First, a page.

I usually install an outside oil line but in this recent engine rebuild I have found a small funnel internal oil return. Do most people pull them out and install the later large internal funnel?
I would. Why wouldn't you want more oil? Good luck with your project. Bill
Ok ... so there is no difference in the block between funnel applications? And are the reproductions a better option than an original in this case?
Yes, they are. There's also an accessory internal oil line that runs along the left side of the pan.
Maybe they bolt to different bolts(?) otherwise no difference. An original part, if at all available, is almost always to prefer before repros. Ford , especially by 1925-27, when the large funnel pipes were made, really knew what they were doing - and did it good. Repros have been reported to fall apart, needing better brazing before use - and some tweaking to not come in contact with the rotating magnets..
Nothing wrong by adding an outside oil pipe too - especially the Texas T high volume style makes a difference.
Ford published a paper showing why they changed the size of the oil funnel. It's easy to see why the change was made. Note that this is with the SAE 20 oil that Ford specified. A thicker oil will flow slower than this.
Both will interchange, the larger funnel is the way to go.
Original oil lines
The repro new large funnel is made a bit different in the mounting flange. Had to trim it with tin snips as didn't fit well and you don't want the funnel to stick out too much, the flange didn't want to lay down under the bolt head, as it was too wide.
Trimmed flange and re-bent to fit. Plus note the dab of extra braze on the funnel and pipe. The modern replacement can have a poor solder joint there. And to be safe, wrapped some of the safety wire around the tube to pull the funnel flush. No need in having the funnel stick up and hit a magnet on that spinning flywheel
Even original funnels can come apart there!
When was the change to the large funnel made?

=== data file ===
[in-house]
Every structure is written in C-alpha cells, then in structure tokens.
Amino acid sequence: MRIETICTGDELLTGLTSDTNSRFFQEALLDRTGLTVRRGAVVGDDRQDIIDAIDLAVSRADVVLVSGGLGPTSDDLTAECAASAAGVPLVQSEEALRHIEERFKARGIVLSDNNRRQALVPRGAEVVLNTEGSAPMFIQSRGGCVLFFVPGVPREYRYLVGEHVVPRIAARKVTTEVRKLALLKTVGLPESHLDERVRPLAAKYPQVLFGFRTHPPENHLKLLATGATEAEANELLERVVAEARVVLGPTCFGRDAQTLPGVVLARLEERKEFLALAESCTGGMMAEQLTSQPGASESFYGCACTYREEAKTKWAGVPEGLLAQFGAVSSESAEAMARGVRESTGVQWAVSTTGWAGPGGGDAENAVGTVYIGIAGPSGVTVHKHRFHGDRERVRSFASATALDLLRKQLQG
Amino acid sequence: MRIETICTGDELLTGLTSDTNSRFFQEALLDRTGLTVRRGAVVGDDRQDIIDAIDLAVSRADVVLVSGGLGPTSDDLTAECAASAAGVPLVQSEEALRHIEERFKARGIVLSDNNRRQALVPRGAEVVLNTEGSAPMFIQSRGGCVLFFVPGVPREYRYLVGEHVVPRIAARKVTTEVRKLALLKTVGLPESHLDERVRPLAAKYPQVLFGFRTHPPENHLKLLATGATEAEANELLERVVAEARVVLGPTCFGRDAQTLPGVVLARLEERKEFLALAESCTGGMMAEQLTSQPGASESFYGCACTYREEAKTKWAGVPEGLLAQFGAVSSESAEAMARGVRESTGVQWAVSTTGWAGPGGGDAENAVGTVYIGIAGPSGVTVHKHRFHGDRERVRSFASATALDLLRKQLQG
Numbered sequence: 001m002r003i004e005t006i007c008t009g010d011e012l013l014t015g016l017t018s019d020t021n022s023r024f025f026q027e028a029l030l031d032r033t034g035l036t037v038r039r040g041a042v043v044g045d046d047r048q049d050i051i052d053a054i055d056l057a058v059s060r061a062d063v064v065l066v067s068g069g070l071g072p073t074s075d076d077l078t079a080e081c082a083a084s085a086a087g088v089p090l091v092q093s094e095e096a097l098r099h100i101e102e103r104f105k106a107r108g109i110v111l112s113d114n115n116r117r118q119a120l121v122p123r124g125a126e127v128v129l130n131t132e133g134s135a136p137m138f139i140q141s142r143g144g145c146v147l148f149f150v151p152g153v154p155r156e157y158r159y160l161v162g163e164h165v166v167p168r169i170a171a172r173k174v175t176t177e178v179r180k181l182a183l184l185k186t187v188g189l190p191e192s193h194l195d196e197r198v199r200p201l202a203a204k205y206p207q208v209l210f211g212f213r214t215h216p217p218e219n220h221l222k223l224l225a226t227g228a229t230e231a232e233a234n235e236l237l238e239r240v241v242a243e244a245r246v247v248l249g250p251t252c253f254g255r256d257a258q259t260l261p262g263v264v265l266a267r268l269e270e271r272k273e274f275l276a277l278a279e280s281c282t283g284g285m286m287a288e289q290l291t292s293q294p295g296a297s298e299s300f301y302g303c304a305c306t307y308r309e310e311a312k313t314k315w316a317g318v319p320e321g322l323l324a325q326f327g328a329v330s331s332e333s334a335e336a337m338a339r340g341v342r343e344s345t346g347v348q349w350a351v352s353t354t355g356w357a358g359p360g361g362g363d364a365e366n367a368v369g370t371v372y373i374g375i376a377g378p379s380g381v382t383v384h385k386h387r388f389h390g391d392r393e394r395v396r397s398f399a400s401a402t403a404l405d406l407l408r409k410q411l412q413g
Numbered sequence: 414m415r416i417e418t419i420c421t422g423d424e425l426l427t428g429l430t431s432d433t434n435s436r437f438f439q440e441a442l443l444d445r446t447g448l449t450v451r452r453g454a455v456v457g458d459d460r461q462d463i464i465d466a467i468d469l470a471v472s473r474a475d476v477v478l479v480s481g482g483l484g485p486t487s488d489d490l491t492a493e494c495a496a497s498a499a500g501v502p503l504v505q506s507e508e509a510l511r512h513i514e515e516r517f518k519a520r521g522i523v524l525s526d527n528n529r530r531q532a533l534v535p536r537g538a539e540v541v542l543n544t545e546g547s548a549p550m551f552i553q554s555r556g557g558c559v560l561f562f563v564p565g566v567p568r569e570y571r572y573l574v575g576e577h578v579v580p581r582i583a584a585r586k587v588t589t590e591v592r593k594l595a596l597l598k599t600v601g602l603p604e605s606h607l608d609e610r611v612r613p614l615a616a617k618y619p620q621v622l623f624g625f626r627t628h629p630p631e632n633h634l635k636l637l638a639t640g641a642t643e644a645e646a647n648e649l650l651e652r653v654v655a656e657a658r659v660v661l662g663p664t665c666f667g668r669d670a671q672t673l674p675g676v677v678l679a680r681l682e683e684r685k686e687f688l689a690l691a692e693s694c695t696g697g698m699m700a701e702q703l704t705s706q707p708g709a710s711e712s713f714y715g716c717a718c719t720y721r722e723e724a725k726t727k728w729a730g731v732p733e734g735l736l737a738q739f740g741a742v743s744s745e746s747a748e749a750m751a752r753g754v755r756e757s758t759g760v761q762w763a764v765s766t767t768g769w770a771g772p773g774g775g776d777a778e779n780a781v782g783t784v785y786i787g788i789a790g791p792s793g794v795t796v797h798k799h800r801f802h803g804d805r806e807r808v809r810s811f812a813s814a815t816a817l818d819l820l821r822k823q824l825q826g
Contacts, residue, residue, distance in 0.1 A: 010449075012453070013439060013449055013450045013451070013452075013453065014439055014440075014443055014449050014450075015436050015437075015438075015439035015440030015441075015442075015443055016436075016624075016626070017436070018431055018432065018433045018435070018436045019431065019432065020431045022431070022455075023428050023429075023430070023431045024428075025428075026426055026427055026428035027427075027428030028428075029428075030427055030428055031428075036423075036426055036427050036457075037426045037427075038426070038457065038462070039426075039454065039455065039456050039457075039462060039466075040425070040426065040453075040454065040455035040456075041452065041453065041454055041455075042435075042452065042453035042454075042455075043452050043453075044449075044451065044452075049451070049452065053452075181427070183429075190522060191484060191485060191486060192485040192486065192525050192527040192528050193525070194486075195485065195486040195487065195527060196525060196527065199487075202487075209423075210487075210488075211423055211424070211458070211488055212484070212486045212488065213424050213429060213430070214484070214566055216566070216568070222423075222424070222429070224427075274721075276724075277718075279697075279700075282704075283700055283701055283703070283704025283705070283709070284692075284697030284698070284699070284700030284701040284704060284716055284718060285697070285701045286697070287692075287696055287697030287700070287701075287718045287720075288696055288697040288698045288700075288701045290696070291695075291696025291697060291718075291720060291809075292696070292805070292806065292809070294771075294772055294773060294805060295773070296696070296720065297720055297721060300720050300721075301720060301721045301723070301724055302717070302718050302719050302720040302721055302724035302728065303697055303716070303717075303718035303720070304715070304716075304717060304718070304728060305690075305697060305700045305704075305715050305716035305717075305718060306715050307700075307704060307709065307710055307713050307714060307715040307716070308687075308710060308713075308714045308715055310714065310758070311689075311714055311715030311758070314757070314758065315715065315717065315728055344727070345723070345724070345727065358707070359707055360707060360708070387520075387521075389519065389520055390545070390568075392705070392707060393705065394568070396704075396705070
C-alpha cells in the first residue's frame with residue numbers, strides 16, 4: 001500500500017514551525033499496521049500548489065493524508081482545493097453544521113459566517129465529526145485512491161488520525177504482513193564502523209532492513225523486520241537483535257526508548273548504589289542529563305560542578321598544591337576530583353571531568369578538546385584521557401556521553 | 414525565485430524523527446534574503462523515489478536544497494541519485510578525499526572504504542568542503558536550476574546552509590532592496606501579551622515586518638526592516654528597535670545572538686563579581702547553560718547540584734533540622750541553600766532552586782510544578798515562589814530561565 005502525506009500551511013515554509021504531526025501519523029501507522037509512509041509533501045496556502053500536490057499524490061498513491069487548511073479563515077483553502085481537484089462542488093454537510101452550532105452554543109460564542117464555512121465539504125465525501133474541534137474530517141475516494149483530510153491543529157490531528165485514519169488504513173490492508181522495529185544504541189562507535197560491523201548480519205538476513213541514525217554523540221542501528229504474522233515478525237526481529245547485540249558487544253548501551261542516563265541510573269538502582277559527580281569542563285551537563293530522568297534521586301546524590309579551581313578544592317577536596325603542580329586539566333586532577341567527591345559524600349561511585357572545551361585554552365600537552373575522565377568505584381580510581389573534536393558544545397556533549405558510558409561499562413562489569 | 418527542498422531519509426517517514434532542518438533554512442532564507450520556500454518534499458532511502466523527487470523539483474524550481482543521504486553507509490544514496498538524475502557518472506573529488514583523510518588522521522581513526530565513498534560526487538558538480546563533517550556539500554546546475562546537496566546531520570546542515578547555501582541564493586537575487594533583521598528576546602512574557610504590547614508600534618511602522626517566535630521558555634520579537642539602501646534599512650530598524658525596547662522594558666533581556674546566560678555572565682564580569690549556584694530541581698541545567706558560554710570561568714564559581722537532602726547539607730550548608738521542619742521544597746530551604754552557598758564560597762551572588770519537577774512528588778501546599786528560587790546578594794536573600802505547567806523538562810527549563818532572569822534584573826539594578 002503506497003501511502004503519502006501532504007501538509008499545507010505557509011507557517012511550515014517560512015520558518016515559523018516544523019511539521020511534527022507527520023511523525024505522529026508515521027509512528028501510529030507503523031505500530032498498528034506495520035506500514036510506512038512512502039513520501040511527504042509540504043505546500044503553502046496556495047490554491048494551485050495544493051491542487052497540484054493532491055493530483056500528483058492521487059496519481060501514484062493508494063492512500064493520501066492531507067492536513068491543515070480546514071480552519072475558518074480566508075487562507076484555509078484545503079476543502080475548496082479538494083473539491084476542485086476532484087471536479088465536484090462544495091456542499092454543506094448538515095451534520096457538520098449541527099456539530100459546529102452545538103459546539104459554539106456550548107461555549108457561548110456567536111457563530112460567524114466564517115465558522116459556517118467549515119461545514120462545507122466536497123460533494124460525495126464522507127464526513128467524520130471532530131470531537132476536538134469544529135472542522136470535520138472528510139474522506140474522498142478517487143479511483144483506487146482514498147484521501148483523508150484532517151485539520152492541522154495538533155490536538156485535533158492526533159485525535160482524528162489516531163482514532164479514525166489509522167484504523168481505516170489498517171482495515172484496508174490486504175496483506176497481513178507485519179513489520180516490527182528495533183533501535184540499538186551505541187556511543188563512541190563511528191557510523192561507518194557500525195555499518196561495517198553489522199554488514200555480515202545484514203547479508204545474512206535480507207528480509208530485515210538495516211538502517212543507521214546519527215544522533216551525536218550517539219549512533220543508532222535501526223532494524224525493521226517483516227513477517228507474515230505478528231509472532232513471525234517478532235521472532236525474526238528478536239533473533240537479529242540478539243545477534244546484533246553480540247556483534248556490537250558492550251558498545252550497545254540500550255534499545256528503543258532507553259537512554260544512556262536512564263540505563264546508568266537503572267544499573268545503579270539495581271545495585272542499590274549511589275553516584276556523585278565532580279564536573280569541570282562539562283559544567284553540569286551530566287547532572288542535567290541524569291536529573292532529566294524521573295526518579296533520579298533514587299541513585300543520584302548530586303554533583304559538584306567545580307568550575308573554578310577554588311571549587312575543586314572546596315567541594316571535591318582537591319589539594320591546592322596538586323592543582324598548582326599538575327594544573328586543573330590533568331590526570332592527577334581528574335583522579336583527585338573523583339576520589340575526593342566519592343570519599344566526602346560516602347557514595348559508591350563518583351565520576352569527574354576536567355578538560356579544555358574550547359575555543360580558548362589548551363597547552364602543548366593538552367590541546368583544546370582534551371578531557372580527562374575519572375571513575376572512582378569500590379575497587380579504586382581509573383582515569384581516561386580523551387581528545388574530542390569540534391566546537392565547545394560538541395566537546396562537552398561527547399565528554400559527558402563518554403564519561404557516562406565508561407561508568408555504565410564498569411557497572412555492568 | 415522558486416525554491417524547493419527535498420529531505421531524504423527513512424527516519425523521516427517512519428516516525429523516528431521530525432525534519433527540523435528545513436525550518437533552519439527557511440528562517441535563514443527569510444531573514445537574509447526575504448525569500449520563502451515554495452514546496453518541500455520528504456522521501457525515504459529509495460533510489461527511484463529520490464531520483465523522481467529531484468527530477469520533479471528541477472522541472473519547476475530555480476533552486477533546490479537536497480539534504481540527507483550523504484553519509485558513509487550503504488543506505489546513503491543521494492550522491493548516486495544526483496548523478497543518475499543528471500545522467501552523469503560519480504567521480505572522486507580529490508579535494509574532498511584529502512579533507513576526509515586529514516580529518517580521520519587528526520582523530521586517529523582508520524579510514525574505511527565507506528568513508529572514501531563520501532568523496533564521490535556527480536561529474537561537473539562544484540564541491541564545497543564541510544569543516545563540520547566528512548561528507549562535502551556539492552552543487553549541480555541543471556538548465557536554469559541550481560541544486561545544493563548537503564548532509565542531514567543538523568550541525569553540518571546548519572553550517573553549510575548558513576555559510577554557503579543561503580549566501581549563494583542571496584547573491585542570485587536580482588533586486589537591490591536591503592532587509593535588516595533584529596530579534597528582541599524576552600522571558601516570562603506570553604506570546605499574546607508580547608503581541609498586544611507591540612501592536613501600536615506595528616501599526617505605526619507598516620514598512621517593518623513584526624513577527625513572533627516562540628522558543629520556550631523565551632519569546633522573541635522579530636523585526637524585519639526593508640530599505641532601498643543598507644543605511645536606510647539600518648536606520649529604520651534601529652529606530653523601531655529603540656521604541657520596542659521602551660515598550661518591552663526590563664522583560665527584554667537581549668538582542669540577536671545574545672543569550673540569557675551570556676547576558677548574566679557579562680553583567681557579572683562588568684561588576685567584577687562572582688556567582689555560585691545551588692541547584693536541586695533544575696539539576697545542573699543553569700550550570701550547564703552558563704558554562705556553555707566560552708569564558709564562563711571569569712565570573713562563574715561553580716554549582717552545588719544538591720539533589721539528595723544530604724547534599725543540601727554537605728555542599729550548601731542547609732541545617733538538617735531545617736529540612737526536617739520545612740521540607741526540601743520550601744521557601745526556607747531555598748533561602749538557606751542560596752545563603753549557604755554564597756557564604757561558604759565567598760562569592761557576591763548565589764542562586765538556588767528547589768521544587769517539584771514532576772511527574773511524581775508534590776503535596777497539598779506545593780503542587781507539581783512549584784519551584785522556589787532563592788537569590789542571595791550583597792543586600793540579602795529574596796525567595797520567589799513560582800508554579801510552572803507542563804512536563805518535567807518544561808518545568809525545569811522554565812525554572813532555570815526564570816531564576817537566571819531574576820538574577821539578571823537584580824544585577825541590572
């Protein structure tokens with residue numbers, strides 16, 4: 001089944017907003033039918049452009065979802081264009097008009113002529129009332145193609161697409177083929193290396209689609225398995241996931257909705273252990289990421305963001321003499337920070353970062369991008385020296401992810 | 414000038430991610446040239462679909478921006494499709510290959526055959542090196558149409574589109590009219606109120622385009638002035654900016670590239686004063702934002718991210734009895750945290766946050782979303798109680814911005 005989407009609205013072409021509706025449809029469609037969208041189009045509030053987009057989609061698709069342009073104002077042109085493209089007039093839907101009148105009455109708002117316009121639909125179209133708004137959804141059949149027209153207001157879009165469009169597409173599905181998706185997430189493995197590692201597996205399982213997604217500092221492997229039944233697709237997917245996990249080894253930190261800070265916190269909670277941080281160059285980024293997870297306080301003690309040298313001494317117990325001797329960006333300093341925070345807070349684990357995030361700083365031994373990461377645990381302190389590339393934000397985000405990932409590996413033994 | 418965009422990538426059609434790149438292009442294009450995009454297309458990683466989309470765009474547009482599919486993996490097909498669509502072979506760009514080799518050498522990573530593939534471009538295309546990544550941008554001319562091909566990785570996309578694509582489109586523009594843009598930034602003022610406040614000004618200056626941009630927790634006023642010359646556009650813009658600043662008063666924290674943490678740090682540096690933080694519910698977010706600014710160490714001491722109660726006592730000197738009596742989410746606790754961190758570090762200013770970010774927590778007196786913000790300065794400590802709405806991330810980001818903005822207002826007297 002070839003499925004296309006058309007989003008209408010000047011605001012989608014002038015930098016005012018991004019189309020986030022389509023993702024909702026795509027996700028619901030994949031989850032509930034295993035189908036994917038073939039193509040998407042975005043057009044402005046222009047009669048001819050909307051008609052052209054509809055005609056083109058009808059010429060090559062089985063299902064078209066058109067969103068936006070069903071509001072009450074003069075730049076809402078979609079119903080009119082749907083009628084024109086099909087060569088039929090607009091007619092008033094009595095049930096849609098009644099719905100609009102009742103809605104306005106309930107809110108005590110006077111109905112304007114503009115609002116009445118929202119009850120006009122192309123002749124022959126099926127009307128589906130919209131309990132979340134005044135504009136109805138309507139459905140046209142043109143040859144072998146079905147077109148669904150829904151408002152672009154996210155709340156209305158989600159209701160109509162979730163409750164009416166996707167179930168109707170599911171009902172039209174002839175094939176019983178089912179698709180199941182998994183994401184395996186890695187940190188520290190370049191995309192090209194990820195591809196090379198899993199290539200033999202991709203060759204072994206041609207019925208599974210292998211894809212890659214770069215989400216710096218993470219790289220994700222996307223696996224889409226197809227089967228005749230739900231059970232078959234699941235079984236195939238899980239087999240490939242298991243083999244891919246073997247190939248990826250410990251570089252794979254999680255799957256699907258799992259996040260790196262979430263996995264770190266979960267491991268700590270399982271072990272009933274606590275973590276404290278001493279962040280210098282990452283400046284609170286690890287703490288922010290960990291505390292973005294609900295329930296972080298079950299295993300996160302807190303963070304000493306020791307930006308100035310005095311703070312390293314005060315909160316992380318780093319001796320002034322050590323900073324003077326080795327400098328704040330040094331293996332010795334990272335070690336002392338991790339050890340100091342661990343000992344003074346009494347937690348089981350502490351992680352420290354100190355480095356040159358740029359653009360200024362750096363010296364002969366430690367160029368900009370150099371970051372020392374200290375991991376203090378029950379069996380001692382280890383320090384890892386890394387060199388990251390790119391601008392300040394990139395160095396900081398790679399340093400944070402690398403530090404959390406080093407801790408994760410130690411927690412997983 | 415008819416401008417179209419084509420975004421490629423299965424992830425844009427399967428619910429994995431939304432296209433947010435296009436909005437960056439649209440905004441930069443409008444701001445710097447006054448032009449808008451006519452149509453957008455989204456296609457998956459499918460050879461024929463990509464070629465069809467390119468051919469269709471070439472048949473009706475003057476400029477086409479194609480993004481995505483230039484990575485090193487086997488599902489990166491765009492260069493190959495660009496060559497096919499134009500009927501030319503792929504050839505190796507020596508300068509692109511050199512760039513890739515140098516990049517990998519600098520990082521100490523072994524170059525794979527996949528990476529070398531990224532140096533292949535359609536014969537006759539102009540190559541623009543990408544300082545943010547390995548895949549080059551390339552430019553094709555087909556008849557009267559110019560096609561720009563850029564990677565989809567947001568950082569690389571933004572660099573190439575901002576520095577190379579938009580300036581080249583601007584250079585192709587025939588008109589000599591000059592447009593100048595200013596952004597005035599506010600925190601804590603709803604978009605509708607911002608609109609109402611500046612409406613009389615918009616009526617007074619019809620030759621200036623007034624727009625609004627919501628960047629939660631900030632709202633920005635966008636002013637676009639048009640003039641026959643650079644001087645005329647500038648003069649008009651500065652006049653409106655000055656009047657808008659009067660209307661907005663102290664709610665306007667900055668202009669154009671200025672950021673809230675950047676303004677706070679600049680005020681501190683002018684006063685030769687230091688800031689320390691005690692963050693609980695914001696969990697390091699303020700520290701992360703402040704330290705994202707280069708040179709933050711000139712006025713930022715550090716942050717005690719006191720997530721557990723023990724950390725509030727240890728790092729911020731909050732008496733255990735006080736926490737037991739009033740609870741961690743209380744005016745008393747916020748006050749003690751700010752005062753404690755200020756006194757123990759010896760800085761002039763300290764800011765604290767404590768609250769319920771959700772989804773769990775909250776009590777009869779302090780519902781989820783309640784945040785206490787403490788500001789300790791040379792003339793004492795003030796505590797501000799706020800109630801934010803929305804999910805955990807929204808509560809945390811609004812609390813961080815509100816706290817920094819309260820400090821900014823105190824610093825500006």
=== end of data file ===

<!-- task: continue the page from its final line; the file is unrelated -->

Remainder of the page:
"JUL 17 Engine production records, Ford Archives
New style transmission covers began. New oil tube with a larger funnel began this date and was used in all production beginning August 12."
So it's a 1925 model year change.
The repros can be OK, but some may need a bit of massaging to fit right and not be hit by the magnet bolts. I did not assemble this engine, but I did have the task of going into it.
I'm a new believer in replacing the oil line funnels in the engine. I just had a small funnel oiler break off, with the result being a siezed up engine with #1 piston cracked and the #1 wrist pin and piston welded together. I had driven my 1914 T speedster about 1/2 mile when the engine siezed. I'm now in the process of a complete engine tear-down for repairs and I'm using a new large funnel oiler plus an outside tube hogshead oiler. I try to console my misfortune by telling myself that the engine is over 100 years old, so occasional failures may be expected.
Me recommendation - when rebuilding a T engine, include replacing the oiler tubes.
I had one of the in the pan oil tubes which worked well until I installed a Scat crank and it hit the line.
Try the two funnel arraignment Lang sells that mounts between the oil pan and inspection cover. One on each side. Catches oil on the bottom side of the flywheel.. Seems to work well.
The right main bearing bolt doesn't seem to be seated ?????????? And who doesn't "turn over" an engine while assembling to verify interference with anything ??????